A zero day flaw has Microsoft scrambling, and the banking hack that only requires a nice jacket.
Then it’s a great big batch of your questions, our answers, and much much more!
On this week’s TechSNAP.
— Show Notes: —
- Traditional SSA fraud involves identity thieves tricking the beneficiary’s bank into diverting the payments to another account, either through Social Security’s 800 number or through a financial institution, or through Treasury’s Direct Express program
- The newer version of this fraud involves the abuse of the SSA’s my Social Security Web portal
- The SSA added the ability to change direct deposit information via their my Social Security Web portal. Shortly thereafter, the agency began receiving complaints that identity thieves were using the portal to hijack the benefits of individuals who had not yet created an account at the site.
- As of August 23, 2013, the SSA has received 18,417 allegations of possibly fraudulent mySocialSecurity account activity.
- There is no suggestion that SSA’s systems have been compromised; this is an identity theft scheme aimed at redirecting existing benefits, often to prepaid debit cards.” – via Jonathan Lasher, assistant inspector general for external relations at the SSA’s Office of Inspector General.
- Banks usually will alert customers if the beneficiary account for SSA payments is changed. But she said those communications typically are sent via snail mail.
- Many customers will overlook such notices.
- If you receive direct deposits from the Social Security Administration but haven’t yet registered at the agency’s new online account management portal, now would be a good time take care of that.
- Because it’s possible to create just one my Social Security account per Social Security number, registering an account on the portal is one basic way that consumers can avoid becoming victims of this scam.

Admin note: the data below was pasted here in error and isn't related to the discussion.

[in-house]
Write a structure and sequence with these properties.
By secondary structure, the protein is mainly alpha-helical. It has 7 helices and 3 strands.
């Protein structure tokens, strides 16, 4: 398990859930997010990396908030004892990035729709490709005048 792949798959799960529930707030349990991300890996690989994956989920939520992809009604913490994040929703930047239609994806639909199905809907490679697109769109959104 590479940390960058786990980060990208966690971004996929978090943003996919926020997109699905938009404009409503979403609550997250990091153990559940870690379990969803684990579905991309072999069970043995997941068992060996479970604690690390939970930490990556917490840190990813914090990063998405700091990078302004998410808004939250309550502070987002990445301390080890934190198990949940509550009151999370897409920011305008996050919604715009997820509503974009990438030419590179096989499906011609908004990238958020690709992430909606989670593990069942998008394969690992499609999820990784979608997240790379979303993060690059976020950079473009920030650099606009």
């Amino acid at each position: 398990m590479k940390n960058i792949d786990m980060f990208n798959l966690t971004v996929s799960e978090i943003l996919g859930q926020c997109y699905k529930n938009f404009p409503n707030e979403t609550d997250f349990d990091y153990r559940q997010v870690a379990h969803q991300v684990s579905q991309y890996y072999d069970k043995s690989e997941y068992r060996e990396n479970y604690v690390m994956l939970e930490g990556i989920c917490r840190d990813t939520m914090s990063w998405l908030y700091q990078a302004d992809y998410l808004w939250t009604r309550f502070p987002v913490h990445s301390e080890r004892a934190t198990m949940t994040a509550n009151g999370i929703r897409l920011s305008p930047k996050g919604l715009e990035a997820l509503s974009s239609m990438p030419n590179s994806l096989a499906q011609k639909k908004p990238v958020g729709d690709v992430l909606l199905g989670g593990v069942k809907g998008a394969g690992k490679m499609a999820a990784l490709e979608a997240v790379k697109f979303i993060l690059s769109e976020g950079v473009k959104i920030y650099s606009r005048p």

- In Canada, registering on the Canada Revenue Agency’s website, requires information from your previous years tax returns, and an activation code is snail mailed to you
- The flaw in question makes remote code execution possible if you browse to a website containing malicious content for your specific browser type
- Actively being exploited against IE8 and 9
- The vulnerability exists in the way that Internet Explorer accesses an object in memory that has been deleted or has not been properly allocated. The vulnerability may corrupt memory in a way that could allow an attacker to execute arbitrary code in the context of the current user within Internet Explorer. An attacker could host a specially crafted website that is designed to exploit this vulnerability through Internet Explorer and then convince a user to view the website.
- The company is offering the following workarounds and mitigations:
- Apply the Microsoft Fix it solution, \”CVE-2013-3893 MSHTML Shim Workaround,\” that prevents exploitation of this issue. Note: This ‘fixit’ solution only works for 32bit versions of IE
- Set Internet and local intranet security zone settings to \”High\” to block ActiveX Controls and Active Scripting in these zones.
- Configure Internet Explorer to prompt before running Active Scripting or to disable Active Scripting in the Internet and local intranet security zones.
- Additional Coverage
- The Metropolitan Police’s Central e-Crime Unit (PCeU) has arrested 12 men as part of an investigation into an “audacious” plot to take control of a Santander Banking computer.
- The PCeU is committed to tackling cyber-crime and the damage it can cause to individuals, organisations and the wider economy.”
- According to the police, the group sent a man in dressed as a maintenance engineer, who managed to attach a IP-KVM (keyboard video mouse) device to a machine in the bank, allowing the attackers to remotely carry out actions on the computer
- The men, aged between 23 and 50, were arrested yesterday, whilst searches were carried out addresses in Westminster, Hounslow, Hillingdon, Brent, Richmond and Slou
10.1.10.254:/mnt/fart /mnt/nfs nfs auto,noatime,nolock,defaults,user=1001 0 0
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